His work is greatly biomimetic and this is reflected in the use of curved construction stones, twisted iron sculptures, and organic-like forms. Except for certain overt symbols of nature or religion, Gaudí’s buildings became essentially representations of their structure and materials. In parc Güell (1900-14) and then the Colonia Güell Church (1898-1915) he developed a type of structure that has come to be called equilibrated – that is, a structure designed to stand on its own without internal bracing, external buttressing, and like, simply as a tree stands. Among the primary elements of his system were piers and columns that tilt to transmit diagonal thrusts, and thin-shell, laminated tile vaults that exert very little thrust. Gaudí applied this equilibrated system to both houses located on Passeig de Gràcia: Batlló (1904-06) – a renovation that incorporated new equilibrated elements, notably the facade; and La Pedrera (1905-10) – where several floors are structured like clusters of tile lily pads with steel-beam veins. As was often his practice, he designed the two buildings, in their shapes and surfaces, as metaphors – in these cases, of the mountainous and of the maritime character of Catalonia.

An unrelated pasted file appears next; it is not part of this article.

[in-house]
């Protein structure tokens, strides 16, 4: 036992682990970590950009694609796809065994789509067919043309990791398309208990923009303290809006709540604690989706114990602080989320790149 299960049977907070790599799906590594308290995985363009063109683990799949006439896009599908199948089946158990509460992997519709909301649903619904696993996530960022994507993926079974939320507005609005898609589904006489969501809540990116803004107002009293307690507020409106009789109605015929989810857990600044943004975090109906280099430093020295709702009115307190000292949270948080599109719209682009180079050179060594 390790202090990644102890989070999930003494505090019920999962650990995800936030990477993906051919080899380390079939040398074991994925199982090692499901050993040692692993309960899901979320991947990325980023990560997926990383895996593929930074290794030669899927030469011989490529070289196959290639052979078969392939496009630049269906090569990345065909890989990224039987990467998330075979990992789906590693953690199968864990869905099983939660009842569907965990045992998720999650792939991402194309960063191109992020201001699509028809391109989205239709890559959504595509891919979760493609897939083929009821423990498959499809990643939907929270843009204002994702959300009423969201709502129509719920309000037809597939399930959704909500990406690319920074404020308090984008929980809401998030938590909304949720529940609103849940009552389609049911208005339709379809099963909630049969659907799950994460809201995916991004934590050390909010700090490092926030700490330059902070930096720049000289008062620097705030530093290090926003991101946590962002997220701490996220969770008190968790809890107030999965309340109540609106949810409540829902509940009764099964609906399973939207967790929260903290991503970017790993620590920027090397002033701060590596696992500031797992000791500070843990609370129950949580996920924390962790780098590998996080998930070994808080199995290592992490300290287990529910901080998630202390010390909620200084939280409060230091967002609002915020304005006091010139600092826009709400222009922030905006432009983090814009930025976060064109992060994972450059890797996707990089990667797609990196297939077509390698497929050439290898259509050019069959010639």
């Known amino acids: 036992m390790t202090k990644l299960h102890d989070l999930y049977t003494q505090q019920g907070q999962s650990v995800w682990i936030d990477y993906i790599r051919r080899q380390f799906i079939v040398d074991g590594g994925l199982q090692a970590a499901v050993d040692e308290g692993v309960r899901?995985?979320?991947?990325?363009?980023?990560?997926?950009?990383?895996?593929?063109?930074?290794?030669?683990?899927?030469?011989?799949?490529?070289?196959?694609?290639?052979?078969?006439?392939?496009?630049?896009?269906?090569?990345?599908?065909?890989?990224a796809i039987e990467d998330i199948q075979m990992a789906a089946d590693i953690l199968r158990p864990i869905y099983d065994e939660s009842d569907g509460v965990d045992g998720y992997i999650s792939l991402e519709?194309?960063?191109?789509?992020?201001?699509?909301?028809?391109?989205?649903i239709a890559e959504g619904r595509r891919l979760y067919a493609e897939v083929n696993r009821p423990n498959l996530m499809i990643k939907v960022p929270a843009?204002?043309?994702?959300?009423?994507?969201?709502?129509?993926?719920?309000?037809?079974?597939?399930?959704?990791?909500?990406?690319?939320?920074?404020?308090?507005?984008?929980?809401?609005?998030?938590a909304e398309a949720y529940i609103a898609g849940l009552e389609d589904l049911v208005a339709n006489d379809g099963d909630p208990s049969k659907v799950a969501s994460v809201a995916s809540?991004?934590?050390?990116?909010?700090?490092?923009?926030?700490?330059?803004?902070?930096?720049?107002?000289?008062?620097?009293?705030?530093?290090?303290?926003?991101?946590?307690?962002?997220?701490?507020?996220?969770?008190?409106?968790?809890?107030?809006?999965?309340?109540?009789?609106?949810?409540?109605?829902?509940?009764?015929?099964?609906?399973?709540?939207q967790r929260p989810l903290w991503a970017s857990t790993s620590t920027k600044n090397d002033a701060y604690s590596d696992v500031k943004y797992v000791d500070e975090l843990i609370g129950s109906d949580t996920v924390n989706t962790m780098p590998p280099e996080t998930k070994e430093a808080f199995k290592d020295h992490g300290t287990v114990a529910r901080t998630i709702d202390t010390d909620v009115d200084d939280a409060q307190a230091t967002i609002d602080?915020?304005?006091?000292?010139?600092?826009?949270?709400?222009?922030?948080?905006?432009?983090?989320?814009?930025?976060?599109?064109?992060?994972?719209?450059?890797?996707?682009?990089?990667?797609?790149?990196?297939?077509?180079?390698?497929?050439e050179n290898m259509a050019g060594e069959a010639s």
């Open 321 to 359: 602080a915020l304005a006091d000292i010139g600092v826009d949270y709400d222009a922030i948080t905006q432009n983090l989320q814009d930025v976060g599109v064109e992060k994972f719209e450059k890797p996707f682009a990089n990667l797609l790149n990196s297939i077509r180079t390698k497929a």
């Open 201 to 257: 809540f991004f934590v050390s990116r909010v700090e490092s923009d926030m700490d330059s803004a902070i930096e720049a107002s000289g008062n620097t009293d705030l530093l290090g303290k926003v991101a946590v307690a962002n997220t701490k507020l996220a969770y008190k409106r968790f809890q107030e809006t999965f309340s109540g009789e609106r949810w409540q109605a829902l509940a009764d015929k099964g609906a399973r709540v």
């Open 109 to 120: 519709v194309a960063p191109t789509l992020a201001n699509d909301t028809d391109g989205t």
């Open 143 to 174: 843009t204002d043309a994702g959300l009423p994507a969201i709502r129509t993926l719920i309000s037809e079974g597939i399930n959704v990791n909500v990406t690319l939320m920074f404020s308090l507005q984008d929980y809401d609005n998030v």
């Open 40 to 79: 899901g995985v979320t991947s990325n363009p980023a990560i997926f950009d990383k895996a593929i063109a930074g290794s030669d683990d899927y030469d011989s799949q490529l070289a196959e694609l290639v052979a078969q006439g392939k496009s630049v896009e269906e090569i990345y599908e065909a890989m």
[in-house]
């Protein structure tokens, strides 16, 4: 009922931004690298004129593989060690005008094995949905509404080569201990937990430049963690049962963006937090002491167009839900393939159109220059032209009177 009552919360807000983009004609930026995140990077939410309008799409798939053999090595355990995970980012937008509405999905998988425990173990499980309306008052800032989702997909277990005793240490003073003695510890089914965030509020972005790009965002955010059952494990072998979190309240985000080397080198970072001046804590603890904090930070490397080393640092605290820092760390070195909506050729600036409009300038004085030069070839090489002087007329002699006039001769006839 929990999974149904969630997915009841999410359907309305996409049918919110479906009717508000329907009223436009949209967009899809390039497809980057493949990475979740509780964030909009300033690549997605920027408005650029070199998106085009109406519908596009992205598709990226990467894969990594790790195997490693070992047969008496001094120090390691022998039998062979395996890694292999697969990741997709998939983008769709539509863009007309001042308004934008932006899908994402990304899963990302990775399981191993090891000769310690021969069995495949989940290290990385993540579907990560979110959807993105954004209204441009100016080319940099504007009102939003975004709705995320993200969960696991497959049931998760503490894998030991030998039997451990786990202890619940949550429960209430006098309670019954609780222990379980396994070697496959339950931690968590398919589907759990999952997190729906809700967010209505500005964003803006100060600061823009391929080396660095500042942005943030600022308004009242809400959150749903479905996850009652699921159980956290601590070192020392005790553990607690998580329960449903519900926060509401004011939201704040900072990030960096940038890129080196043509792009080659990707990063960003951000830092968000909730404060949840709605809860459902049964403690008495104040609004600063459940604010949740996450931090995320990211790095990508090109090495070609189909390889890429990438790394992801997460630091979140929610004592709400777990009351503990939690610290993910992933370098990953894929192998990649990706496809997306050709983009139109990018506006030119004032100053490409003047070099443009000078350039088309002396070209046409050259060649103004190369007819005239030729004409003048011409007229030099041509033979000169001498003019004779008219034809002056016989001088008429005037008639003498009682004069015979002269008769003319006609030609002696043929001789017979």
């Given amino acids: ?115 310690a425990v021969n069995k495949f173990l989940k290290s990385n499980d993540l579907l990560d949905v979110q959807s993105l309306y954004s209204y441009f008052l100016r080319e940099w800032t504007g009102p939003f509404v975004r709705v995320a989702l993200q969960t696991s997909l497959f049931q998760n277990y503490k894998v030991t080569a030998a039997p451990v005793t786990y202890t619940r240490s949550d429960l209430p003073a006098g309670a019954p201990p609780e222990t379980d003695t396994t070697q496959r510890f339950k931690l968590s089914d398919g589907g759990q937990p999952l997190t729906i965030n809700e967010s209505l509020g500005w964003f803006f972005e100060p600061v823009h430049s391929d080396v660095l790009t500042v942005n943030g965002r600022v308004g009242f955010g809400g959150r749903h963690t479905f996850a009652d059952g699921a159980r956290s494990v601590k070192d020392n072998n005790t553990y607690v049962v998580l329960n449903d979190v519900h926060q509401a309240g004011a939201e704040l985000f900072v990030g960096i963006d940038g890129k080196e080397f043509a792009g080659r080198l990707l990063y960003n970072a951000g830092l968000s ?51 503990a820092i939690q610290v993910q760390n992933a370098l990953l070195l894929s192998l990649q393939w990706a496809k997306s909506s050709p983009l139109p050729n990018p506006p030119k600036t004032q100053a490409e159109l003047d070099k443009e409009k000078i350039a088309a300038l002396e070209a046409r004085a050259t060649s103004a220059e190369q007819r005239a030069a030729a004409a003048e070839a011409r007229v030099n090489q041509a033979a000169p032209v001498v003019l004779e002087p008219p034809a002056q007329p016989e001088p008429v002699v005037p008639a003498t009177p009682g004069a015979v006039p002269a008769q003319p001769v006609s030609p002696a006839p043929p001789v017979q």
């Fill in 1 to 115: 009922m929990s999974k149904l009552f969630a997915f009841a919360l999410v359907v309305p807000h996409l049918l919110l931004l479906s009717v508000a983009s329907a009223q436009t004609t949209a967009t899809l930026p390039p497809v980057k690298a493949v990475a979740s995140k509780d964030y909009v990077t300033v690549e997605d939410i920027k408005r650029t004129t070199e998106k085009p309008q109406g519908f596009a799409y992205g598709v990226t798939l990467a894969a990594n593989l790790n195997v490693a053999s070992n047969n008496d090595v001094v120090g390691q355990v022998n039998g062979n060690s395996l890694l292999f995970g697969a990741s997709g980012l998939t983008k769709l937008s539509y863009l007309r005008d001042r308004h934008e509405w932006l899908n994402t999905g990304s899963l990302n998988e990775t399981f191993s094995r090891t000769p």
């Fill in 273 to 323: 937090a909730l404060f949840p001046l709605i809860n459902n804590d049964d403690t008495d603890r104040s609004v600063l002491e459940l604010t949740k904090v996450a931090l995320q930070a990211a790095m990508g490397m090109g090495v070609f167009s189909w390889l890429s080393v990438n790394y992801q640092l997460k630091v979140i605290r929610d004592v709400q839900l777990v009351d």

In decoration terms, these houses are originally adorned with mosaic patterns, or with highly textured stained glass designs. This added another important dimension to his buildings which is so often overlooked by architects – the use of colour. The combination of original design, interestingly shaped materials and vibrant colours in Gaudí’s work give the viewer a truly breathtaking visual experience.